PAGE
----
The Comforts of Hindsight

April 21, 1995|By CARL T. ROWAN

WASHINGTON — Washington. -- There are few things more pathetic than a society poisoning itself with the venom of hindsight blurred by forgetfulness of the circumstances that surrounded an old tragedy.

That is what is taking place in the wake of Robert S. McNamara's mea culpa -- his belated confession that he concluded in 1966 or 1967 that the Vietnam war was unwinnable, and that the U.S. was ''terribly wrong'' to wage it.

That has provoked the commander of the American Legion to talk of prosecuting Mr. McNamara for ''treason.''

William M. Detweiler, head of the 3-million member veteran's organization, has demanded that Mr. McNamara not profit from his book confession and that royalties from ''In Retrospect: The Tragedy and Lessons of Vietnam'' go to veterans' causes.

The New York Times intones gravely that Mr. McNamara must not be spared ''the condemnation of history.'' That is editorial overkill.

President Clinton and thousands of affluent, privileged men who dodged the draft or otherwise avoided fighting in Vietnam have seized upon the ''we were wrong'' lament as justification of their flight from a conflict in which 58,196 of their fellow Americans died. That is illogical guilt-purging.

I must point out that today's furor is an orgy of scapegoating and hatred that is stupidly nation-destroying because this orgy is bereft of meaning- ful memory of the mood of America at the times when Dwight D. Eisenhower, John F. Kennedy, Lyndon B. Johnson and Richard Nixon led us progressively deeper into tragedy in the paddies and jungles of Southeast Asia.

I was in the Kennedy administration when Ike's ''containment of communist aggression'' was still the national priority. The Bay of Pigs disaster in Cuba, the Cuban missile crisis, the recurrent threat of war over Berlin all drove a U.S. public obsession with ensuring that the communists not be allowed to win anywhere.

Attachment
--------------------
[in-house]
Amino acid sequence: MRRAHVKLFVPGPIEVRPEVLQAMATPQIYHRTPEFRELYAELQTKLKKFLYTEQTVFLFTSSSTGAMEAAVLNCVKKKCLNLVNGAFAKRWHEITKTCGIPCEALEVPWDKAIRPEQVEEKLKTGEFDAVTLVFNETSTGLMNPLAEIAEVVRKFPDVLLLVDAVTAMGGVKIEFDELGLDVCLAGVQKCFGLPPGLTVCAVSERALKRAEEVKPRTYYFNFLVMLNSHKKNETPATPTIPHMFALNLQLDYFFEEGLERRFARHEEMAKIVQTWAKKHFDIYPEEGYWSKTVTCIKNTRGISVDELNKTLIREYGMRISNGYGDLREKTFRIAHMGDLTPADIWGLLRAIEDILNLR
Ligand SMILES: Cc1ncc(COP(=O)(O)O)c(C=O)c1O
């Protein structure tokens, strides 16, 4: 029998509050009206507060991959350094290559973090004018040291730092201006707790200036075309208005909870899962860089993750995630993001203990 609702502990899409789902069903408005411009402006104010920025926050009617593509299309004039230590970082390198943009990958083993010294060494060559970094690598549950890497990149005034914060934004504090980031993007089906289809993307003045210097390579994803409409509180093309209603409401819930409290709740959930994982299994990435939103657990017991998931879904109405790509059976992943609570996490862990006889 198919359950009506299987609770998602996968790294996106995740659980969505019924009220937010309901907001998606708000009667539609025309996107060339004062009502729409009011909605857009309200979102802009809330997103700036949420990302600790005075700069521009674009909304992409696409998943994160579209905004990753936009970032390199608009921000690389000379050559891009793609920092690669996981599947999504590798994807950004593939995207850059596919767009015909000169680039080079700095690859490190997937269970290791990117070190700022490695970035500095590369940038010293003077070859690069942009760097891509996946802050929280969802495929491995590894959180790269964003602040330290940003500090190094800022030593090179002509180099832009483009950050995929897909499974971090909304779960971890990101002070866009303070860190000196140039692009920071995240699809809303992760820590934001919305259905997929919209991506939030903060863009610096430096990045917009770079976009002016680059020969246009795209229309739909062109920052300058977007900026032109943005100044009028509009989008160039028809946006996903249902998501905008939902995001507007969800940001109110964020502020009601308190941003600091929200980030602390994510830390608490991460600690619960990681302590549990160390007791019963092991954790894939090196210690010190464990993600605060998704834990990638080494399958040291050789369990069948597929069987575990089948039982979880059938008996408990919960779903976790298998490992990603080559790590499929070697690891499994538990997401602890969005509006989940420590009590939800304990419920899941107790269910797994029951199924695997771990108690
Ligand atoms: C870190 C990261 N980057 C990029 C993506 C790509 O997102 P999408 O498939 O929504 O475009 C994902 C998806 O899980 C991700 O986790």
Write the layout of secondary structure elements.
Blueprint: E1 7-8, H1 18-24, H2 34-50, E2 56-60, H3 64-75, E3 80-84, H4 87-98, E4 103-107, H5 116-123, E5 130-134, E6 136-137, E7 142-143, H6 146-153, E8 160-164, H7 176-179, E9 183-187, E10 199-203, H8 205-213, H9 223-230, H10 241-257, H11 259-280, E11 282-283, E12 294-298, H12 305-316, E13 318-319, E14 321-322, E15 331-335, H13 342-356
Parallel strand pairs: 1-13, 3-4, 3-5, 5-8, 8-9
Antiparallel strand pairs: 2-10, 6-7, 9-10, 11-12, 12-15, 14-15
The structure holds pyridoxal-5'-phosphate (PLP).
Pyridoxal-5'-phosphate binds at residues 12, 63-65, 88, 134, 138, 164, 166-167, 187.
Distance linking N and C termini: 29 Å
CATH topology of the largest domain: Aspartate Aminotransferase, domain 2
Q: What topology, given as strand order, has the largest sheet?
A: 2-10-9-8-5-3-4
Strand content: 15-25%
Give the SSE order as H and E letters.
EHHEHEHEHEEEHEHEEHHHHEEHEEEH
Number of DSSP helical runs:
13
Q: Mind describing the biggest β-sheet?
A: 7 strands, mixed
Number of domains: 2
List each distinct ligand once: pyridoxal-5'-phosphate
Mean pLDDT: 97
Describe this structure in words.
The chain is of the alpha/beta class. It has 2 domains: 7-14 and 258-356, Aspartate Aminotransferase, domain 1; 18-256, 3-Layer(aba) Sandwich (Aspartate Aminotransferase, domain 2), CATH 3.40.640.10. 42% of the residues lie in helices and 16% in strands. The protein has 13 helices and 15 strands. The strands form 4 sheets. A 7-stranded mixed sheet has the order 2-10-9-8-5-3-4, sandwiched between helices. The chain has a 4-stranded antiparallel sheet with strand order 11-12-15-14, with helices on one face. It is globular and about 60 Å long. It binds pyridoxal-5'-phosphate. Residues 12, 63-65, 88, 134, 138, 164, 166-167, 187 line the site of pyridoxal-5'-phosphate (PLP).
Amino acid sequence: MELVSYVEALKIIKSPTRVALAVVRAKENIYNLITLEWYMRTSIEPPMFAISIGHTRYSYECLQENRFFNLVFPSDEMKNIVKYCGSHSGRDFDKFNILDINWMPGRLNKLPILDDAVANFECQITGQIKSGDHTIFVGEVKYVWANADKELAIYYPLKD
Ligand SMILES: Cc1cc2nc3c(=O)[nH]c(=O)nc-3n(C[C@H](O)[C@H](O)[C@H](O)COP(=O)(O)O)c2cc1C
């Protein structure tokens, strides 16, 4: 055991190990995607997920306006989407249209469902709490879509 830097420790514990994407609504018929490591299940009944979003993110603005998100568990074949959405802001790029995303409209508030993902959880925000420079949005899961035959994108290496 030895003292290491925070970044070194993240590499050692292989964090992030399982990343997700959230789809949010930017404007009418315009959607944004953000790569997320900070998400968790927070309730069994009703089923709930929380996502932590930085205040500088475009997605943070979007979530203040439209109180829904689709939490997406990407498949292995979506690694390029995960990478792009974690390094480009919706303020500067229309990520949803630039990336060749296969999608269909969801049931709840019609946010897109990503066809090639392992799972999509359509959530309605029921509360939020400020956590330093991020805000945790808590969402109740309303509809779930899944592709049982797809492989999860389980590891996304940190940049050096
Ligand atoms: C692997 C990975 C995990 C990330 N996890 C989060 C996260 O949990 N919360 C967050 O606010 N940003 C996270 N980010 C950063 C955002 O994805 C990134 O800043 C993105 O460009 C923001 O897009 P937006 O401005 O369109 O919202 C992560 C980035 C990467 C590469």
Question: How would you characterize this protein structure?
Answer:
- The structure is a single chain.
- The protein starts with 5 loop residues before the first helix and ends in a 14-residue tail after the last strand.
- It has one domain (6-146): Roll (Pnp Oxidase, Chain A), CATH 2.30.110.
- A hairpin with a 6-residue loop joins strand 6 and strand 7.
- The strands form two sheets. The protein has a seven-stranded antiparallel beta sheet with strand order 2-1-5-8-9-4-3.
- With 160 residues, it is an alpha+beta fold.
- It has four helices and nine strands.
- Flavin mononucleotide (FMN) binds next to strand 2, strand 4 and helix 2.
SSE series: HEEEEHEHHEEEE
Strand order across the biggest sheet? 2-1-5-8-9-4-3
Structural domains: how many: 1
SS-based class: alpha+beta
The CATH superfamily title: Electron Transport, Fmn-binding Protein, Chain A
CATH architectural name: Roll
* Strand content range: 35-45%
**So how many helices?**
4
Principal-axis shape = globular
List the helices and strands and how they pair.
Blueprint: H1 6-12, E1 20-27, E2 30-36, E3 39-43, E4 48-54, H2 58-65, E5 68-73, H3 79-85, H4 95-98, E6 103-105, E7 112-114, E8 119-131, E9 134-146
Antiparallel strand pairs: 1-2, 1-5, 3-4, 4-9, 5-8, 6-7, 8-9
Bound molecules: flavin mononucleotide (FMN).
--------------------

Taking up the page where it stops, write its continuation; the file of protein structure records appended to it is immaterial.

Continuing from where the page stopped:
The sad irony is that the veterans' groups that now want to hang Mr. McNamara are the same groups that fueled fanatic anti-communism in the 1950s and 1960s. Most Americans have forgotten that even in the Kennedy years it was a virtual criminal offense to say hello to a Chinese Communist.

I remember because I sat in the meetings of the U.S. Cabinet and the National Security Council where escalating decisions were made, until we had half a million GIs in Vietnam.

And all the time President Johnson was saying, ''We want no wider war. We just want to bloody their [the Viet Cong] noses a bit and make them leave their neighbors alone.'' Johnson believed, as did his advisers, that they were serving mankind.

When Johnson decided to bomb Vietnam, he told me he had to do it ''because that damn cigar-smoking [General] Curtis LeMay is pushing me, and I gotta let him know that I'm as tough as he is.''

Who now remembers the factor of U.S. ''manhood''?

When I left government in the fall of 1965, neither Mr. McNamara, Secretary of State Dean Rusk nor anyone else in those Cabinet meetings said the war was unwinnable, or that the U.S. was ''terribly wrong.''

Why has Mr. McNamara provoked this mindless explosion of guilt-dodging and blame-placing in which all the old players revise history to serve their present-day interests? He says he wants to help Americans avoid making the mistakes of 30 years ago.

Mistakes take on different disguises after 30 years.

The biggest, lasting lesson we learned in Vietnam was that there are stark limitations on the uses of military power in contests of nationalism, civil wars and conflicts over the minds of human beings. We could not win anything without using nuclear weapons, and might have lost everything if we had.

The tragedy of Vietnam has not stopped millions of Americans, including those condemning Mr. McNamara, from proposing U.S. military forays and ''pre-emptive strikes'' to suppress Islamic nationalism and fundamentalism, or pacify Bosnia, or guarantee that neither Iran nor Iraq nor North Korea ever possess nuclear arms.

Recent history does teach us that we learn nothing from history.

8, Carl T. Rowan is a syndicated columnist.

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